Manitoba

Harvesting Hope donations surpass $60K

Harvesting Hope, CBC's annual event for Winnipeg Harvest, has now raised over $60,000 for the province's largest food bank.  

Donations will be accepted all weekend, until Sunday evening

Harvesting Hope is CBC's annual fundraiser for Winnipeg Harvest, the province's largest food bank. (Kirsten Neil/CBC)

To donate to Winnipeg Harvest,  text FeedHope to 45678 (minimum donation by text is $20) or visit Winnipeg Harvest online (select 'CBC Harvesting Hope Radiothon' in the drop-down menu) until the evening of Sunday, Dec. 8.


Harvesting Hope, CBC's annual event for Winnipeg Harvest, has now raised over $60,000 for the province's largest food bank.  

As of 8 p.m. Saturday, the donation tally was $63,740.

The special day of programming on CBC Radio ran Friday, but donations will be accepted all weekend, until Sunday evening. All proceeds go to the food bank.

Up to Speed host Ismaila Alfa at this year's Harvesting Host radiothon. (Justin Deeley/CBC )

Join us for musical performances by local artists, hear inspiring stories, and donate to Harvesting Hope, CBC's annual event for Winnipeg Harvest.

This year, Winnipeg Harvest's top five most-needed items are:

  • Canned protein – tuna, chicken, beans, stew.
  • Canned fruit.
  • Canned vegetables.
  • Peanut butter.
  • Whole grain pasta.

More young people in need of food 

Since 2008, there has been a 58 per cent increase in food bank use in Manitoba — the highest among all provinces.

Keren Taylor-Hughes, CEO of Winnipeg Harvest, says the food bank sees people of all ages using its services. 

"We see seniors, we see singles, we see youth. We see couples, married folks with large families, newcomers. So pretty much anyone can access our food bank and we're seeing that," she said. 

But recently, she said the food bank has been seeing more young people, ages 18 to 29, using the food bank's services.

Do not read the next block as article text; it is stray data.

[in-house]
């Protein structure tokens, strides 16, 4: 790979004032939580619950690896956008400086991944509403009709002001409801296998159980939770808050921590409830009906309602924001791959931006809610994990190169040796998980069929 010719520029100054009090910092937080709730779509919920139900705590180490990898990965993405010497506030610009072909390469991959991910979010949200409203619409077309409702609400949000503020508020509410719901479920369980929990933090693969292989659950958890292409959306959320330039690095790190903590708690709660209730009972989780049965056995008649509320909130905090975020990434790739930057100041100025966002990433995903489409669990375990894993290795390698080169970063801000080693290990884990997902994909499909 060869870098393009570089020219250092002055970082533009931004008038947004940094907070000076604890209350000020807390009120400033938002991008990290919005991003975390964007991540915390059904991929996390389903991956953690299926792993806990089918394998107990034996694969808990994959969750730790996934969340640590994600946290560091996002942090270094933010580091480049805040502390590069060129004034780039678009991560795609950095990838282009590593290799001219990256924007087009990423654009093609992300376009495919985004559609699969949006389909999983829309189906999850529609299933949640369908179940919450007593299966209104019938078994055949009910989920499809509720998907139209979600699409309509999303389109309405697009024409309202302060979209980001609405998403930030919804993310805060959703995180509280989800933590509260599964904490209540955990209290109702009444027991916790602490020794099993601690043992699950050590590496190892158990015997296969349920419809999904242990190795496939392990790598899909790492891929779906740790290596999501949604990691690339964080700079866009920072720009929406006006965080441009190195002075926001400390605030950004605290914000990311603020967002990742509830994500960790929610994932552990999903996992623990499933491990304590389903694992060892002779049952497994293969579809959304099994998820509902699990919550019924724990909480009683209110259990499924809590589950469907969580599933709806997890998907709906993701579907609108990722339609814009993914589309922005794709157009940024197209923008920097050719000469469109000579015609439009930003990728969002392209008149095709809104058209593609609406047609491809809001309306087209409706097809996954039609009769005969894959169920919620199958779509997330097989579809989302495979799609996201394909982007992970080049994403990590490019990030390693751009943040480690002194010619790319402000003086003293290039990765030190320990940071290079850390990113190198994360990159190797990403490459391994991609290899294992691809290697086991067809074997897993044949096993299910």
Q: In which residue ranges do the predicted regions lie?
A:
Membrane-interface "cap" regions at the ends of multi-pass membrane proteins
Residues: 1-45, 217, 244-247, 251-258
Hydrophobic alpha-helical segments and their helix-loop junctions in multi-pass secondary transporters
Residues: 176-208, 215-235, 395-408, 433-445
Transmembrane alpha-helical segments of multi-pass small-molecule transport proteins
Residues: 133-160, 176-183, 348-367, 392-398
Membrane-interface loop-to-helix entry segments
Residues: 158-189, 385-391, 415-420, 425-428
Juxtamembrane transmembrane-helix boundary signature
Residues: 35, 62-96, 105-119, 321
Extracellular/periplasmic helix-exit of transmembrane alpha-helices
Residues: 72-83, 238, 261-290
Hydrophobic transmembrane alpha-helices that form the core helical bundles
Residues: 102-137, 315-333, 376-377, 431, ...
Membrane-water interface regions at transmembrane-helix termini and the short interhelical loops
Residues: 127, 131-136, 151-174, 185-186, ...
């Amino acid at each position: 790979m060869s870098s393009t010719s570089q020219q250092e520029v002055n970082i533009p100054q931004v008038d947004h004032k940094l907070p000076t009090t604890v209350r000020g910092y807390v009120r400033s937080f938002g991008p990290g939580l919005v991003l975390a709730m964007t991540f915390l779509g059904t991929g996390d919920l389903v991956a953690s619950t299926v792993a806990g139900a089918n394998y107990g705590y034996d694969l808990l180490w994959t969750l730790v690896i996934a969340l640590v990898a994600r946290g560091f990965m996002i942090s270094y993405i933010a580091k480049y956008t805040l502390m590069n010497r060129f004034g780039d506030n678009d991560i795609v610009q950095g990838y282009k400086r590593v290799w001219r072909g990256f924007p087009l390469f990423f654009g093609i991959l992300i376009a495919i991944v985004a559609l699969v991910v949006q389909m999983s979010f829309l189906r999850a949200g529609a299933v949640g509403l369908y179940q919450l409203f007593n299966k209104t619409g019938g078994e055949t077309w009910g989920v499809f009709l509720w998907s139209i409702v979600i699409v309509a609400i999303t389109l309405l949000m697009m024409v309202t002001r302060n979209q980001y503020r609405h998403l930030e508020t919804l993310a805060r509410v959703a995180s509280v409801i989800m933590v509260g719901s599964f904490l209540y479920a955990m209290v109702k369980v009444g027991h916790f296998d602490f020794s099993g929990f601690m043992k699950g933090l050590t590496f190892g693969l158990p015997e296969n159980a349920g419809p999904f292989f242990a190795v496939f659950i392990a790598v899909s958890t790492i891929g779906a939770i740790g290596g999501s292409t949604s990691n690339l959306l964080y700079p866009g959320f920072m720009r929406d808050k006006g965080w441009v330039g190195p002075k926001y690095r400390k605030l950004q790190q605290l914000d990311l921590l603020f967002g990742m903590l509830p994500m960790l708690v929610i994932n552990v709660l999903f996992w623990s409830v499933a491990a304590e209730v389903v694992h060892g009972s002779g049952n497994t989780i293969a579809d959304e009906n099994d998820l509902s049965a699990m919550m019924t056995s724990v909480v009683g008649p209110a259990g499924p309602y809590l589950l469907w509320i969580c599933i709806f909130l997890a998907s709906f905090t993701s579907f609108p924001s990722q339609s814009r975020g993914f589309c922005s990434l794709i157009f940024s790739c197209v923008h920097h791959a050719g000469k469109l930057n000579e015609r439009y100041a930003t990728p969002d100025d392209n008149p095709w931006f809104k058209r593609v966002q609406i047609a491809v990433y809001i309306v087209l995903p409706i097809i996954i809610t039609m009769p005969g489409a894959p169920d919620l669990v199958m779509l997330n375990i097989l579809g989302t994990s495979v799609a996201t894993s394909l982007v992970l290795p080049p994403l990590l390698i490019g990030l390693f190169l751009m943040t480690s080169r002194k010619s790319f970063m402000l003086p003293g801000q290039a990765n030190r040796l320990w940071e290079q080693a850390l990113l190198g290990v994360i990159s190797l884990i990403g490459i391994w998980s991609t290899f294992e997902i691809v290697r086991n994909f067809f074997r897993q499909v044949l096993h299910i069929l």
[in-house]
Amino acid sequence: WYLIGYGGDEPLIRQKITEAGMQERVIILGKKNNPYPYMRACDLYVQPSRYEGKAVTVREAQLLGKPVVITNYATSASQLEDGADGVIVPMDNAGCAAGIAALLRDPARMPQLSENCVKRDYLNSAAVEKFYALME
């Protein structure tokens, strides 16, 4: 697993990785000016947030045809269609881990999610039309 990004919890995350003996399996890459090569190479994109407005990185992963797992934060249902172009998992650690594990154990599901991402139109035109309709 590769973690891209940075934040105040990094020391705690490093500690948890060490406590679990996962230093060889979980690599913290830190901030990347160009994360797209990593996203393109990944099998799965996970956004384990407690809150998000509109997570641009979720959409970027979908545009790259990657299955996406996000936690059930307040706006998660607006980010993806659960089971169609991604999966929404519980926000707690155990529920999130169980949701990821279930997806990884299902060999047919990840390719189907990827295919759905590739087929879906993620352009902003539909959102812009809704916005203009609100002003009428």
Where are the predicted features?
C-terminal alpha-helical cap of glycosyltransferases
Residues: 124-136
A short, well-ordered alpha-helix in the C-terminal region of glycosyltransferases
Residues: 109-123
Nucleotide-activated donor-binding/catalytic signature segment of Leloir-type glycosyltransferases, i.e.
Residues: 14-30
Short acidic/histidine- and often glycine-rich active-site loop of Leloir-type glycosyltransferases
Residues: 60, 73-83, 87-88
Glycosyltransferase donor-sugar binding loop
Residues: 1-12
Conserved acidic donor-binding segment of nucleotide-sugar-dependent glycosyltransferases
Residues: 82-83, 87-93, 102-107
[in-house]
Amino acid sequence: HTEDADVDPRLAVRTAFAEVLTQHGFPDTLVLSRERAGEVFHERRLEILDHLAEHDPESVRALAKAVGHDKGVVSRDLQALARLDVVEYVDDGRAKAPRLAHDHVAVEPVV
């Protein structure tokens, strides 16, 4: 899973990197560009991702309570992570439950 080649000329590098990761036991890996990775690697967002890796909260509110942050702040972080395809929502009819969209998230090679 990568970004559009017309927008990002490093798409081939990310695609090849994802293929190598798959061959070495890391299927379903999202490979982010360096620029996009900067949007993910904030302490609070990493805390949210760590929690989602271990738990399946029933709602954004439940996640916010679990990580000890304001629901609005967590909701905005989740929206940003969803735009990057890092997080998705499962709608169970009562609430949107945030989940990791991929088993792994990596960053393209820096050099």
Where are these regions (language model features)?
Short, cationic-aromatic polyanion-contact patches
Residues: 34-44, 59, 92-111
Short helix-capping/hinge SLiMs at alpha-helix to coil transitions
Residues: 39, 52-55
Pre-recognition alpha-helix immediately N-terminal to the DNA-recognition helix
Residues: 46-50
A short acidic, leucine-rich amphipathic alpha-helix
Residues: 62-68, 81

"We see a lot of youth that maybe haven't finished school, don't have a lot of opportunities for work, and as a result they're either on assistance — or they're not, and just trying to make ends meet," she said.

"So then at that point a food bank is really important to them." 

Winnipeg Harvest works hard to ensure its clients are treated with respect and dignity, so they leave feeling uplifted, not beaten down, she said. 

"They've recognized they need help. We believe everyone has a right to food and they are treated well," she said. 

More than 41 per cent of food bank users in Manitoba are children.

A family poses with Santa Claus at this year's Harvesting Hope radiothon. (Justin Deeley/CBC )

That's the second-highest rate across the country, Winnipeg Harvest officials say, and they provide assistance to more than 64,000 people annually, totalling more than 11 million pounds of food.

Winnipeg Harvest also supports schools, daycares, and after-school programs with food so that kids aren't going hungry while getting an education. 

"It's all about helping kids get access to nutrition, and getting into the school system and staying in the school system and graduating," said Taylor-Hughes.

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